When he had first come to the school, Des often asked whether he’d had a girlfriend or not. Then later, when Hethurin told her the truth, she’d asked whether he wanted to have offspring of his own. His answer had been vague, because even now he wasn’t exactly sure where things stood between them. They had been mates once, or something like it, though they had never raised a clutch of eggs. They’d certainly tried, on more than one occasion. And now it could never happen, though “never” meant little to bronze dragons. Still, the revelation had soured Zarah’s disposition toward him greatly. She definitely hadn’t liked his suggestion that they try anyway, he still had a scar on his side from that. He had always been too busy — whether monitoring the timeways or fixing the messes that elves had made, just as he was doing now.

“You won’t come with?” he asked, and for a moment he thought he saw her eyes soften.

“We’ll see,” she said at last.

Terellion thought he’d woken late, because Hethurin wasn’t there under the covers with him. It looked like his side had been slept in, though. He couldn’t wait to tell him about the really weird dream he’d had last night. In the dream, they’d all been woken up by a loud sound in the room, and a boy came through the portal from another time. He kept saying that Hethurin was his father, that was the weirdest part of all. Renner and Des were there too, in their sleeping robes. They must have heard the sound and come to investigate as well. Everyone had been arguing about what to do with the boy, whether to hide him from Tik in the kitchen or the bathroom or the cellar. Maybe he’d eaten something strange late last night, but he couldn’t remember eating anything besides cake close to bedtime.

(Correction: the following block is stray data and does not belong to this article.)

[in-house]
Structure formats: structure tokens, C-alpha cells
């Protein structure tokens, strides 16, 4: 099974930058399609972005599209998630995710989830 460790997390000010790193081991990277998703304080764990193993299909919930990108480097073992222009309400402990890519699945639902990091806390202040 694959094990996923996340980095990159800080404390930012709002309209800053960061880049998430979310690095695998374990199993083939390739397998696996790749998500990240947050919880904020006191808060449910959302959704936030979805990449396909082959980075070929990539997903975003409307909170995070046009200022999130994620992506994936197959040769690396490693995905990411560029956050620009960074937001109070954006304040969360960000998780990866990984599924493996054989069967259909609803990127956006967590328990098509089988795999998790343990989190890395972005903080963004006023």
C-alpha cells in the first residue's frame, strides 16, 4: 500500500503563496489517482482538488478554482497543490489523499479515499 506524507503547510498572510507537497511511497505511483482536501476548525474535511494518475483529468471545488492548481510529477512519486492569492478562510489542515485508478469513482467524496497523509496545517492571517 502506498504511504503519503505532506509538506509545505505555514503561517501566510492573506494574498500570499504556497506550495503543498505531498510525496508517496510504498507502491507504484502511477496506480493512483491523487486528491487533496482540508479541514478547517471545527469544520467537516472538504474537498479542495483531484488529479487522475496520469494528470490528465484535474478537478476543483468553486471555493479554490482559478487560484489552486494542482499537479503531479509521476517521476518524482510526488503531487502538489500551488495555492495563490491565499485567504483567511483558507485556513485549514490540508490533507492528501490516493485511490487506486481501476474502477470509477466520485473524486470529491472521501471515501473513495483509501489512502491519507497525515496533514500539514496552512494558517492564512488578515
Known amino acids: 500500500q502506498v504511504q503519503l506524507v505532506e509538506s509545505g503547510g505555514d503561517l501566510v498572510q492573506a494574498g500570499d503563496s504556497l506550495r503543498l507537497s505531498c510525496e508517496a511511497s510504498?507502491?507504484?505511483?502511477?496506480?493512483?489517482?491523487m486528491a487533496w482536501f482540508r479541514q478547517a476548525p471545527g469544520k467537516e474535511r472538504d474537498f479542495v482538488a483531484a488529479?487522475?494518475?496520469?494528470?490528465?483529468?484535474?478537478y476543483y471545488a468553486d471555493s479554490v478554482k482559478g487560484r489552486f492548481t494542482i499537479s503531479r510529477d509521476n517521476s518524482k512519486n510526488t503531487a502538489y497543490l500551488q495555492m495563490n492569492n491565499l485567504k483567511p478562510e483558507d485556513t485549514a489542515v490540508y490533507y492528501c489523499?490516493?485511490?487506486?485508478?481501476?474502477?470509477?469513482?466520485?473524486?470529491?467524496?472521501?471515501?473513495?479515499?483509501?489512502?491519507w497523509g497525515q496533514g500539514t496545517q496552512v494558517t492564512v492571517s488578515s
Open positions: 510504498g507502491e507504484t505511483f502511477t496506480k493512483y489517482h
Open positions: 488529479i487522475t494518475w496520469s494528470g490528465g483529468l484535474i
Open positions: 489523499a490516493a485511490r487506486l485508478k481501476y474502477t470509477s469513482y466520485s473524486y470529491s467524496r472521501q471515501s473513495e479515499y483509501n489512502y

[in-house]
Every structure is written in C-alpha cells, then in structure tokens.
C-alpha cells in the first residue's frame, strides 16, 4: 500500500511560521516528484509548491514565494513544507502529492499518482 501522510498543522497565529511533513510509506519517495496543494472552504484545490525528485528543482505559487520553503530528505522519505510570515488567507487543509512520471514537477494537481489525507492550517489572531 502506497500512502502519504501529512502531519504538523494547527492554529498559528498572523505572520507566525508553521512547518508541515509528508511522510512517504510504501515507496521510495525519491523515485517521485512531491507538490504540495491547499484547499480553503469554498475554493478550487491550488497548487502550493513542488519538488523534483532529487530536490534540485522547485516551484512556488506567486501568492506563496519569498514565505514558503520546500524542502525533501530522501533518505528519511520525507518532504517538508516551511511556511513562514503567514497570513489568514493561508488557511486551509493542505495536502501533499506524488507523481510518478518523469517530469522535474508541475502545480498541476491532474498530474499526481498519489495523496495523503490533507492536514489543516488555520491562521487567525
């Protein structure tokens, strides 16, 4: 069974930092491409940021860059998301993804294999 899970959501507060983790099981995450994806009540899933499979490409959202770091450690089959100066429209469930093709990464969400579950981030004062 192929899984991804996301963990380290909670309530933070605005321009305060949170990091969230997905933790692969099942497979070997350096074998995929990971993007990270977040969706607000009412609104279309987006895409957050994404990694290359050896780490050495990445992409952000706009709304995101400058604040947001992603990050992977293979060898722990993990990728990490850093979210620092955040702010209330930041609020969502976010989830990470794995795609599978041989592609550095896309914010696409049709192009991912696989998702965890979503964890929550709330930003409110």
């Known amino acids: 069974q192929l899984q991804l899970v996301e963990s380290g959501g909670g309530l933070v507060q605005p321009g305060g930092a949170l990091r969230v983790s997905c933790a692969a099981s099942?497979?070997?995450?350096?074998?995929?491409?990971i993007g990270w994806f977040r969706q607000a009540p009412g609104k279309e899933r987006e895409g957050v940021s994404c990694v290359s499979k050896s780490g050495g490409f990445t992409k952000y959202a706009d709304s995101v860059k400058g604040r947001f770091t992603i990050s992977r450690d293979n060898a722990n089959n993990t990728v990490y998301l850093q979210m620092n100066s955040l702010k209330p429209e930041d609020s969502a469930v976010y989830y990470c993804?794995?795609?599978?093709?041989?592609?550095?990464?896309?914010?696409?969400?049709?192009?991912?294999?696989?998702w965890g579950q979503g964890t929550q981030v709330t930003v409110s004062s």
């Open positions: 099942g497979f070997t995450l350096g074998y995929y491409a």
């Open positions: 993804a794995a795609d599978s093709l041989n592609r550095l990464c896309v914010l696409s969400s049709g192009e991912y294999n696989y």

He pulled the curtain back and saw Hethurin sitting in the the chair with two cups of tea. Terellion smiled — until he saw the figure on the floor, covered with blankets. He rubbed his eyes, but the strange boy was still there. How could this all be real? It was like something you’d read in a book, not real life.

“The tea’s ready,” said Hethurin, as if nothing was wrong at all.